Deaf Academic Recognised in York Minister

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Category: News - Deaf World Published: Friday, 20 October 2017 12:12
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York St John University have admitted Dr Paddy Ladd to the degree of Doctor of Education (honoris causa) in recognition of his contribution to the global Deaf community.

Honorary degrees will be presented at the graduation ceremonies in York Minster by Chancellor of York St Johh University and Archbishop of York, The Most Reverend and Right Honourable Dr John Sentamu in front of an audience of graduands, their families and friends, and staff and guests of the University.

Dr Paddy Ladd was presented with his award at the afternoon ceremony on Thursday 16 November.

About Paddy Ladd

Dr. Paddy Ladd is a Deaf scholar, author, activist and researcher of Deaf culture. Ladd was a lecturer and MSc Coordinator (MSc in Deaf Studies to approx 2007, then after a brief pause, MSc in Deafhood Studies 2009) at the Centre for Deaf Studies at the Despite considerable international pressure, the centre was wound down as the MSc was closed in 2009, the undergrad programme taught out from 2010 to 2013, and the centre finally closed in the July of that year.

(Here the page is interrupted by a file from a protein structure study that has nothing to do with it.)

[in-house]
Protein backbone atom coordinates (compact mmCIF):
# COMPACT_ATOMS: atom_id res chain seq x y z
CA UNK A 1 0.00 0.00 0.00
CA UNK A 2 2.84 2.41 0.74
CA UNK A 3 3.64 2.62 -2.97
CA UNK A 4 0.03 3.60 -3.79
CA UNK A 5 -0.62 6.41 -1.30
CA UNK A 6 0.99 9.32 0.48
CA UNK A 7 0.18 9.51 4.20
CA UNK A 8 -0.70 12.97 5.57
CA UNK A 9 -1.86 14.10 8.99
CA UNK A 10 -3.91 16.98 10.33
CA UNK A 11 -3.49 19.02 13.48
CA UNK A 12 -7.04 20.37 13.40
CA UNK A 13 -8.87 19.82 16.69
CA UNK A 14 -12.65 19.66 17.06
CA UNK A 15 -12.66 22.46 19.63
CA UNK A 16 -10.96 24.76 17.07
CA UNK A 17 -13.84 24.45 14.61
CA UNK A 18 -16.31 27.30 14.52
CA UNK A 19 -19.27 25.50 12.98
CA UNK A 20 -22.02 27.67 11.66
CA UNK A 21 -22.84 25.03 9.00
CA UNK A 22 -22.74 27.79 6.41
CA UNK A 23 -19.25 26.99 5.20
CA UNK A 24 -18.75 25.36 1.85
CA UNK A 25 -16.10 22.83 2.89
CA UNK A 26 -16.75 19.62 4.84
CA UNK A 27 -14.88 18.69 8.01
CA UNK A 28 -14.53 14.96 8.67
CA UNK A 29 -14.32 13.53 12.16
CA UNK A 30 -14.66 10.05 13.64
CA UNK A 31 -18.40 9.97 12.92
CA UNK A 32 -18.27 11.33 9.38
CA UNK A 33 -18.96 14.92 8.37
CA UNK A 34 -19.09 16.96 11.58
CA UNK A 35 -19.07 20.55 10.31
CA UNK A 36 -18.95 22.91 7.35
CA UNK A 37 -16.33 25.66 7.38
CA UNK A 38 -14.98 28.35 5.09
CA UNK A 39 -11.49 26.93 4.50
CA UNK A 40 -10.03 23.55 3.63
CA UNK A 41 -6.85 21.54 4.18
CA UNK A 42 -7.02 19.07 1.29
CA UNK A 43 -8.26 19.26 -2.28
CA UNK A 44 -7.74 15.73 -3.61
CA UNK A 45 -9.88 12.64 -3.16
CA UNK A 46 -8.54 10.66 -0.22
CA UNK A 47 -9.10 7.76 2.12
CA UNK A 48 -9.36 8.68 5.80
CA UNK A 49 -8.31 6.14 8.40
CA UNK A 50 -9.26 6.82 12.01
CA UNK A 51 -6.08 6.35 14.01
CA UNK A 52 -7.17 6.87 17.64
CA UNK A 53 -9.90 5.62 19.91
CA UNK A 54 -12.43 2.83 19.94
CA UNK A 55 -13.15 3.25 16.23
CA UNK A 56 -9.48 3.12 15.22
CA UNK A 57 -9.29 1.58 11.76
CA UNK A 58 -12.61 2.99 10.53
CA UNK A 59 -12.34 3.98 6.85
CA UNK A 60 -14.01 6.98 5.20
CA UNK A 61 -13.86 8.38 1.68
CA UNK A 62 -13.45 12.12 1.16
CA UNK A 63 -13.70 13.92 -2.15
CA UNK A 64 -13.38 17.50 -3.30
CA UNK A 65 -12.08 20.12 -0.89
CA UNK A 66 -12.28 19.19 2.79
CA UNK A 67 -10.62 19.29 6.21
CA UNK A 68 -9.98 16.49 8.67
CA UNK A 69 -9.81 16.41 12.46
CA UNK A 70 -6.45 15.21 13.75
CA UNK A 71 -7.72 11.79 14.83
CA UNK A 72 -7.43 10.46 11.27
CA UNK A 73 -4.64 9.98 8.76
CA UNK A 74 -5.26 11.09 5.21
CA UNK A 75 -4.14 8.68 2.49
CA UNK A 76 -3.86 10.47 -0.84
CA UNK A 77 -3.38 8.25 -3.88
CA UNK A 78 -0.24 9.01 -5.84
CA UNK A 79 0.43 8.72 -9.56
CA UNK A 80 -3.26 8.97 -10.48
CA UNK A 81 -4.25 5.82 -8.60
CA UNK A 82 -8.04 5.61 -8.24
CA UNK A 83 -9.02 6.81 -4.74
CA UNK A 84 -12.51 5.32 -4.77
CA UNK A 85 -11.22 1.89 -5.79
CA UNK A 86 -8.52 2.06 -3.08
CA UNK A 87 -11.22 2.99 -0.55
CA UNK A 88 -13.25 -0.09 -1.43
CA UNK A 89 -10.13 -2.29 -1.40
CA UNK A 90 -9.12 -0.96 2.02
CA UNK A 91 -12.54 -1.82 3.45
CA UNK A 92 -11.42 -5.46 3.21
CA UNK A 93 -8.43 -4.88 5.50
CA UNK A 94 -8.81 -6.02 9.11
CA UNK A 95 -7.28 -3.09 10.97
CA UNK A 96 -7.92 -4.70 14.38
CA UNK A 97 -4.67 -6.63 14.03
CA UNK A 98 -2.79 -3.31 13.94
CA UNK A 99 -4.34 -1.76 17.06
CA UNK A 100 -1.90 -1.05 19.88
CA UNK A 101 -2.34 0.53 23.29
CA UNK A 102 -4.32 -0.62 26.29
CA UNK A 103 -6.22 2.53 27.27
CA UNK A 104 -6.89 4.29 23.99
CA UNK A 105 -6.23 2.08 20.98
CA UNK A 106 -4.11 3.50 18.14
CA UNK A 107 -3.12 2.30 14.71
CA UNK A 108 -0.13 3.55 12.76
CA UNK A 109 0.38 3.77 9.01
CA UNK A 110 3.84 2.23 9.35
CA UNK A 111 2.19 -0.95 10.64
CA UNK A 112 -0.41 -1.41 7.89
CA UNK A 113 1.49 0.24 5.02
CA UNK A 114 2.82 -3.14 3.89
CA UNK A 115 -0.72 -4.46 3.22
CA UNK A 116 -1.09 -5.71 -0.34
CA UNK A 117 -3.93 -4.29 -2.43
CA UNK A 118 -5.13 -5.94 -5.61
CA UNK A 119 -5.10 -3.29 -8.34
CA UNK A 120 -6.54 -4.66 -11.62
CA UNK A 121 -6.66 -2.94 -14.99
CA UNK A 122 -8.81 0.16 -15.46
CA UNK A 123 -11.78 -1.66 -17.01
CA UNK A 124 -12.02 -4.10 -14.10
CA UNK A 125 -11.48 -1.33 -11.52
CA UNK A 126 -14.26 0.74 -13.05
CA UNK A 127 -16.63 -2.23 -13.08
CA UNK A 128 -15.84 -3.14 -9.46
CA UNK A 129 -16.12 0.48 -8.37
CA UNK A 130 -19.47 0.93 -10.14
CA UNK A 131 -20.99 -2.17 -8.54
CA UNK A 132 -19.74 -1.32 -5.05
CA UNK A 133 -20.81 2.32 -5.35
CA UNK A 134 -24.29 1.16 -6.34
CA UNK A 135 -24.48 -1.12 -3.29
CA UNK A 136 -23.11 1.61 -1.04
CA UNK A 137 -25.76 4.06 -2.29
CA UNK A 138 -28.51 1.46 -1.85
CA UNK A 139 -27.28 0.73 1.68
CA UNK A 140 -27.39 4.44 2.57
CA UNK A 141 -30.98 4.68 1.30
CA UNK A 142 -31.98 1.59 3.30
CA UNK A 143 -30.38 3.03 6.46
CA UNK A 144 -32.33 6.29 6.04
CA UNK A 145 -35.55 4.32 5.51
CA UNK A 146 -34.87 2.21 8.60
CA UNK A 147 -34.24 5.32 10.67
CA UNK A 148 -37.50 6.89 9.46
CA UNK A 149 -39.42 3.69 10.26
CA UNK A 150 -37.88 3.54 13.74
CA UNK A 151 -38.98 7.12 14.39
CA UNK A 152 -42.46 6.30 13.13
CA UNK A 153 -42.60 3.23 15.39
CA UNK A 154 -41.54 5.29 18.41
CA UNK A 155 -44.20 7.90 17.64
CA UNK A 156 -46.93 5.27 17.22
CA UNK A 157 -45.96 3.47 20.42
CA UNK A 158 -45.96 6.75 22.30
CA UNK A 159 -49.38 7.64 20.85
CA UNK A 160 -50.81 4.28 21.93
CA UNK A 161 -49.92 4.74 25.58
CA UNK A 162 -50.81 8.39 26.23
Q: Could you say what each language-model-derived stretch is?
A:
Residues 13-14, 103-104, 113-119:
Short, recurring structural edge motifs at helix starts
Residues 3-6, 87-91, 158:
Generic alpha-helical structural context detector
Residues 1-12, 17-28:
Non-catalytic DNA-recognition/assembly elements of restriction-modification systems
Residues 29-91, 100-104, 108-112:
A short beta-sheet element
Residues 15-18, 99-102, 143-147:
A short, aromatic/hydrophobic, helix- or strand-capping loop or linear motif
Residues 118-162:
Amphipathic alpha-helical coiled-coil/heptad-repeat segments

Ladd was one of the first presenters of BBC's See Hear and presented the earliest programmes from 1984 in both sign and speech. He has been a core campaigner for Deaf rights since the 80s, and was involved in the National Union of the Deaf, one of the earliest British Deaf activist organisations. He held the Powrie V. Doctor Chair[ in Deaf Studies at Gallaudet University, Washington DC. He completed his Ph.D. in Deaf Culture at Bristol University in 1998 and has written, edited and contributed to numerous publications in the field. His works have received international recognition.

Ladd's contribution to the Deaf world has not only been academic. For a period, he toured with the Grateful Dead as their on stage sign translator. He was also the founder of the Glastonbury Festival Sign Zone.[3]

Dr. Ladd authored the book, Understanding Deaf Culture: In Search of Deafhood.[1] He was added to the Roll of Honour of the British Deaf Association for “Outstanding Contributions to the Deaf Community in Deaf Education” (2007).